Who would have guessed that Wii would have been a novelty, and would lose out to Angry Birds and Minecraft?

My favorite game of all time is Spyro the Dragon, which I discovered belatedly when a relative gave away his original PlayStation. My kids and I used to play that together and have a blast.

#16 Comment By Beyng On November 25, 2012 @ 3:28 pm

“Old iPad or old iPhone.”

Um, what? The iPad is barely two years old. Does such a thing as an old iPad exist? Do you really burn through your iGadgets so quickly that you just have “old” spares lying around for the kids?

I suddenly feel quite old and retrograde. But also smug.

[Note from Rod: We get new iPhones every two years as part of our phone service contract. For some reason we had a couple of previous generation ones laying around. We gave one to a friend, and put the other one into service as a wi-fi device. Julie has a first-generation iPad that she uses, but that she also lets the kids use for gaming. So now you know. Smug shmug. — RD]

#17 Comment By Dakarian On November 25, 2012 @ 3:44 pm

I can give a little insight into this one.

Your kids are Casual Gamers. No, that doesn’t really mean they play very little probably. Casual is….roughly in reference to games you can just pick up and go, then put down and come back later. It’s made in the form not unlike a 10 minute meal, compared to a 10 hour smoked ham.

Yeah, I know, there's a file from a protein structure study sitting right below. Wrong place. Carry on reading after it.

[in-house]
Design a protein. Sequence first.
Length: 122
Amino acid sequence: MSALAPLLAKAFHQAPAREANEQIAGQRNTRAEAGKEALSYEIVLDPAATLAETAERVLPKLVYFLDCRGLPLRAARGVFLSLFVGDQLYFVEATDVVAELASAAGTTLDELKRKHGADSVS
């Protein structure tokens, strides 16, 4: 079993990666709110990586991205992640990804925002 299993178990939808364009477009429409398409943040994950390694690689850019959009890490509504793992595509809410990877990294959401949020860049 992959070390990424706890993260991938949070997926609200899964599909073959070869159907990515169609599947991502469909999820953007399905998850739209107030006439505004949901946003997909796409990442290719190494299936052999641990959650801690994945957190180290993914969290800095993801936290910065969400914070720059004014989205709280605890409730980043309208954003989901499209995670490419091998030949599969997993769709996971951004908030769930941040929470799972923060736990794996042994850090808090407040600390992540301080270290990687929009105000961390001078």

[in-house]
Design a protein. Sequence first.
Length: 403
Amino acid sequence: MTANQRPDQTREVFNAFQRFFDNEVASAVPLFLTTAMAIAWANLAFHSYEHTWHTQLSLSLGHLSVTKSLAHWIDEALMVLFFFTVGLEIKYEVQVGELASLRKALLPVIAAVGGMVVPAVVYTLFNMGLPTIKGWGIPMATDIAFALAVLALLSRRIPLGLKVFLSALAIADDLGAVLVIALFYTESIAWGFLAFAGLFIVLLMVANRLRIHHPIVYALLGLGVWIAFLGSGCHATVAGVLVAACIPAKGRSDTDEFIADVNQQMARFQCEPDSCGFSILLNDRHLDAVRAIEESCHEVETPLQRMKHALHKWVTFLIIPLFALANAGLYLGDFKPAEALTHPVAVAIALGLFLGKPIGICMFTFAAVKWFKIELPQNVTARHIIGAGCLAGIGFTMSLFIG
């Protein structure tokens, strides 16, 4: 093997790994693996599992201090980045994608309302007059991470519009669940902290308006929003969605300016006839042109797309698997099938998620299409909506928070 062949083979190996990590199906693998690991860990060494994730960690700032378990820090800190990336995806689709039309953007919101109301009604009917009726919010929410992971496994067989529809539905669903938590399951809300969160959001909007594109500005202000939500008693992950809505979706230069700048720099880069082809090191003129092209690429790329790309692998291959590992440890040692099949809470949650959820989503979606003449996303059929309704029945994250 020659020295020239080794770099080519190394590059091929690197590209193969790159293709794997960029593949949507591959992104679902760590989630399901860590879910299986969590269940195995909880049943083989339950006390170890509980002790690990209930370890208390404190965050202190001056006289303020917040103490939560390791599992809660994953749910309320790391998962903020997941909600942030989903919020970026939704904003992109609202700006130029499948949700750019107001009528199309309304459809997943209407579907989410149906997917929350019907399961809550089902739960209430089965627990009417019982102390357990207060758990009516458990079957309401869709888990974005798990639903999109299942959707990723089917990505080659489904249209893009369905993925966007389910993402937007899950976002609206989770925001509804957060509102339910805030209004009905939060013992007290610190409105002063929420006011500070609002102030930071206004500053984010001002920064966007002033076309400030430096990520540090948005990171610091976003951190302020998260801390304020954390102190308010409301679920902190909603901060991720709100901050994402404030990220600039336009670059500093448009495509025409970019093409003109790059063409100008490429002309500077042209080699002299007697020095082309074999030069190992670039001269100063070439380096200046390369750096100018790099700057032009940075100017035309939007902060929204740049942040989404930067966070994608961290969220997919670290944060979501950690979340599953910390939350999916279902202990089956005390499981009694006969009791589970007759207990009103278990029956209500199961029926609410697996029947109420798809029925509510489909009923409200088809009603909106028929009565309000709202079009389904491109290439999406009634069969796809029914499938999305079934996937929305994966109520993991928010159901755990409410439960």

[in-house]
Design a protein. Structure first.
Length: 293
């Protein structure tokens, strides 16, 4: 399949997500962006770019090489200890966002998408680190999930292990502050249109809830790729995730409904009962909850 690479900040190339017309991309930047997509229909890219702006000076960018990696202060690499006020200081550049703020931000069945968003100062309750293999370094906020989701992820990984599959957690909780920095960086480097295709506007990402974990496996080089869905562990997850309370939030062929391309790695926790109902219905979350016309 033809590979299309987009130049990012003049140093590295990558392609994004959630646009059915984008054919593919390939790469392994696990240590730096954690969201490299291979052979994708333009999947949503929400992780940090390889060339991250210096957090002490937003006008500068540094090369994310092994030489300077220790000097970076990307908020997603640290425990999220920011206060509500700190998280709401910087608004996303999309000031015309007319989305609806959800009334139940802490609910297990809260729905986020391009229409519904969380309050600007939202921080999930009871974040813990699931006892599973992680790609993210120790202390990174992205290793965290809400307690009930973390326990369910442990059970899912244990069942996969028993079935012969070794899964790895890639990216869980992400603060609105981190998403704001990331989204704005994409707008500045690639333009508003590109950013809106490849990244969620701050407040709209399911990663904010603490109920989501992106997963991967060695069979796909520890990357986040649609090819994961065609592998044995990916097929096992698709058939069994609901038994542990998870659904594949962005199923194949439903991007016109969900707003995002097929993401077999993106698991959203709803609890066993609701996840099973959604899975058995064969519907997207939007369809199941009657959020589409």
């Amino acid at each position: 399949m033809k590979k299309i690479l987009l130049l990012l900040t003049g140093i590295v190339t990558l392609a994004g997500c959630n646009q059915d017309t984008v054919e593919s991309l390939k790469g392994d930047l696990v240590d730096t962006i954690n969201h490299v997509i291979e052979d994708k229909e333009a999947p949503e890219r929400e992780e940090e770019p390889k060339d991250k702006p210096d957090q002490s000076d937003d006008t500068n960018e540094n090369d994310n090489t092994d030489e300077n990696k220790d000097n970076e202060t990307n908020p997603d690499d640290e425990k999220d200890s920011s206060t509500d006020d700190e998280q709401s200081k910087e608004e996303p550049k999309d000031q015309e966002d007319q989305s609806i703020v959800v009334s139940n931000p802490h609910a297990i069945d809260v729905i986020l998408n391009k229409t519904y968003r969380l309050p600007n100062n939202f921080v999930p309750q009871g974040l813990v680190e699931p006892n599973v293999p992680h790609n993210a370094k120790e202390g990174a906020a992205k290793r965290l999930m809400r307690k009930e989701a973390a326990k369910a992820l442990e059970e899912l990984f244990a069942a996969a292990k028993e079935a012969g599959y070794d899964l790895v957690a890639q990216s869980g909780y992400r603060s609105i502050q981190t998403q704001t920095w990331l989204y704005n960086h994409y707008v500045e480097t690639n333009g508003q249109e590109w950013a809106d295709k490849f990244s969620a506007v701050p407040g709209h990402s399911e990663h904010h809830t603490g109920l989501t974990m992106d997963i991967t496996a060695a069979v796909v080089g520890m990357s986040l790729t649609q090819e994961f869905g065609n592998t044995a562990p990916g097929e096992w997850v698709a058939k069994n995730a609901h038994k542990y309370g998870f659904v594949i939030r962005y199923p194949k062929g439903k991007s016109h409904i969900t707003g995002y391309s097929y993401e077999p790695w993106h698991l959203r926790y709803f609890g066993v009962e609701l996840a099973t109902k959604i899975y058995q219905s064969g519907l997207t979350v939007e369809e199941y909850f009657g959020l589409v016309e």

At the time of the last generation, the Wii was the place for that sort of experience, with games like Wii Sports, dancing games and the like.

Angry Birds, however, stole that market. I mean look at the game. Does it really NEED that big of a screen? wouldn’t you trade that unneeded big screen for the ability to play a game made to just jump in and enjoy on a medium you can just pick up and use from anywhere?

Your Minecraft lover is a different tale, though. It doesn’t seem like it but that game is mostly a big art canvas…with zombies. There’s not many things like it, so now that it’s here, your child loves it. Other games he loves will probably be similar.